Rotterdam 2021 June Part Review: JESUS EGON CHRISTUS, The Gospel of the Brand New World

Paul Arámbula, Sascha Alexander Gersak and Angelo Martone star in a film from Germany, directed by David Vajda and Sasa Vajda.

Contributor; Slovakia (@martykudlac)
Rotterdam 2021 June Part Review: JESUS EGON CHRISTUS, The Gospel of the Brand New World

The latest film by the writing-directing duo of David Vajda and Sasa Vajda wields a provocative title, Jesus Egon Christus. The entire film takes place inside a support group doubling as a makeshift asylum and parish to former addicts and people with mental health problems.

The Vajda brothers, who wrote, directed, and edited the film (with David Vajda handling the producing duties), explained in an interview that they spent a great deal of time researching methadone clinics, needle exchanges, and streets in Berlin-Neukölln, where, as they say, "drug addiction and mental health issues are ubiquitous". The filmmaking brothers took those stories, and even cast people from these communities, and transformed them into a raw field trip through the microcosm hidden from  mainstream society.

The titular character Egon is suffering from chronic psychosis, and finds refuge at a rundown farm on the fringes of Berlin. Strict daily working routines and sermons create the basic formula to lead broken and suffering people from a dark space. Egon struggles to adjust to the "programme" and becomes an outcast among outcasts.

The film's free structure consists of intimate observation of the protagonist throughout his daily routine. His non-conformity provokes the community leader, a self-proclaimed priest, who wields humiliation as a pedagogical tool when Egon rebels or acts out too much. The camera hovers at arm's length from Egon, who is being sucked inside a downward spiral of even greater psychosis as a result of wrong treatment.


The strange closeness turns the film into an otherworldly, immersive experience. The DoP Antonia Lange's unflinching gaze strips bare the environment where a group of people entrust their wellbeing into the hands of an amateur therapist whose main (and only) cure is the Bible. However, in a highly unstable environment, only Egon seems to become unhinged and unresponsive to the teachings of a Christian messiah.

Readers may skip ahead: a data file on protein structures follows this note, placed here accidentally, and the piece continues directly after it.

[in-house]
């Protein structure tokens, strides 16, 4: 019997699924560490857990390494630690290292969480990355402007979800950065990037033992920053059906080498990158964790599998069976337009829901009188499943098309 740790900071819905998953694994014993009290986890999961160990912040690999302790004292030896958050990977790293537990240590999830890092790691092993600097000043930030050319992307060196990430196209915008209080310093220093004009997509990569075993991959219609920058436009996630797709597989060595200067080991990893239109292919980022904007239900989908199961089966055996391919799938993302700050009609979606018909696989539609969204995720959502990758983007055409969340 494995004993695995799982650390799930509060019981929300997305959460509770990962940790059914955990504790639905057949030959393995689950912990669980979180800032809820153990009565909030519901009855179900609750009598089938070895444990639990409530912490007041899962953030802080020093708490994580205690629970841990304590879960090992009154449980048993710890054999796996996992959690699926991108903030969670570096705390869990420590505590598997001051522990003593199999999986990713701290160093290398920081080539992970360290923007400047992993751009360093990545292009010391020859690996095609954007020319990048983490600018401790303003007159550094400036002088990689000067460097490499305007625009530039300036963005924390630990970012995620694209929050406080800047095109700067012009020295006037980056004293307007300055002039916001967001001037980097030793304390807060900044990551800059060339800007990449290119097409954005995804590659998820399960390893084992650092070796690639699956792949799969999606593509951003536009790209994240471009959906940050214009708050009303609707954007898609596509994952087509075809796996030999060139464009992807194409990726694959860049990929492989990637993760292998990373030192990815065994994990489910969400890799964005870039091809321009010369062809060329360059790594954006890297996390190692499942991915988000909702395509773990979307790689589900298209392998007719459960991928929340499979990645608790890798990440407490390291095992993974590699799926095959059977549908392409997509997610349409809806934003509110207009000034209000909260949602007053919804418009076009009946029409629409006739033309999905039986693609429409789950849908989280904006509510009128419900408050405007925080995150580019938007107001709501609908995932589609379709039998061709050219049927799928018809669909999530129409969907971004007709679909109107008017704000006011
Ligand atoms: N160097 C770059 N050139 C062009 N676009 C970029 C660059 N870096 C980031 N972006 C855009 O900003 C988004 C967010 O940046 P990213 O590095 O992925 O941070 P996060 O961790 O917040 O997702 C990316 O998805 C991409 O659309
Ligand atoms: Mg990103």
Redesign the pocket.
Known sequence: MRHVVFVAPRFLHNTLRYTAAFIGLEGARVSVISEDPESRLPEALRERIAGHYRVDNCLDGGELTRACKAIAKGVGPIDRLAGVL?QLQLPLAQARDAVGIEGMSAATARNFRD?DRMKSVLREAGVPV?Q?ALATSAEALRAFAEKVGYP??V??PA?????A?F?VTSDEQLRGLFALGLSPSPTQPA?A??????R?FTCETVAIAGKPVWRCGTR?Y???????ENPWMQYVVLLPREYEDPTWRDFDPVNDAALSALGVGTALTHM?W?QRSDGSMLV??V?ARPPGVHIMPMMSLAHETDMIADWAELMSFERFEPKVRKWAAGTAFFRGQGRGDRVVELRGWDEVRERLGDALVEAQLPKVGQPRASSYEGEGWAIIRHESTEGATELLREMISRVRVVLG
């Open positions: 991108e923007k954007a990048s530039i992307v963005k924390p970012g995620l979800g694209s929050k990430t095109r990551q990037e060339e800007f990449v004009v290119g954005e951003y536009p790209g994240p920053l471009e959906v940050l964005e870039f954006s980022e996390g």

At one moment, the situation appears to take a better direction for Egon as he claims God's son is now talking to him directly. And he ordains him to not take a shower. The seriocomic turn applies more pressure on Egon, augmenting his distress and disconnection from reality.

The first third of the film has the veneer of a bona fide documentary. The illusion gets torn down by a handful of non-diegetic inserts carrying a miniature portrait of other residents (all narrated by Egon). The second half of the film features editing that juxtaposes observed scenes with obviously staged moments. The sibling team of directors acknowledged the nature of the film being a docu-fiction ("fictiondocu" in their exact words), describing their method as "documentarizing fiction".

Non-professional actors, who play fictionalized versions of themselves, have been cast and improvisation has been also a working method. A large chunk of the film is pulled from the unsettling performance of Paul Arámbula in the leading role as Egon.


American musician Arámbula had no prior acting experience and, even more surprisingly, he does not speak German. The directors explained that his musician's ears allowed him to learn and perform the lines without understanding them. Arámbula mastered verbal ticks, a manner of speech likened to Dadaist poetry, as a tool to elicit compassion and to verbalize inner monologue. Furthermore, they serve as a device to tune into the character, who gets progressively alienated from the majority society, drifting with no salvation in sight.

While Jesus Egon Christus offers a portrait of mental illness possessing the rawness of Ulrich Seidl's films, and partly his aesthetics, the convergence of mental illness and religion creates a distressing parable for current times. With capitalism likened to schizophrenia and the Church's serving simple answers to complex questions, the microcosm of the would-be asylum mirrors the unstable environment of the outer world where simple answers to complex questions fuel radicalization and social disintegration.

Jesus Egon Christ

  • David Vajda
  • Sasa Vajda
  • David Vajda
  • Sasa Vajda
  • Paul Arámbula
  • Sascha Alexander Gersak
  • Angelo Martone
  • Zora Schemm
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Angelo MartoneDavid VajdaIFFR 2021Jesus Egon ChristPaul ArámbulaRotterdam 2021Sasa VajdaSascha Alexander GersakZora SchemmDrama

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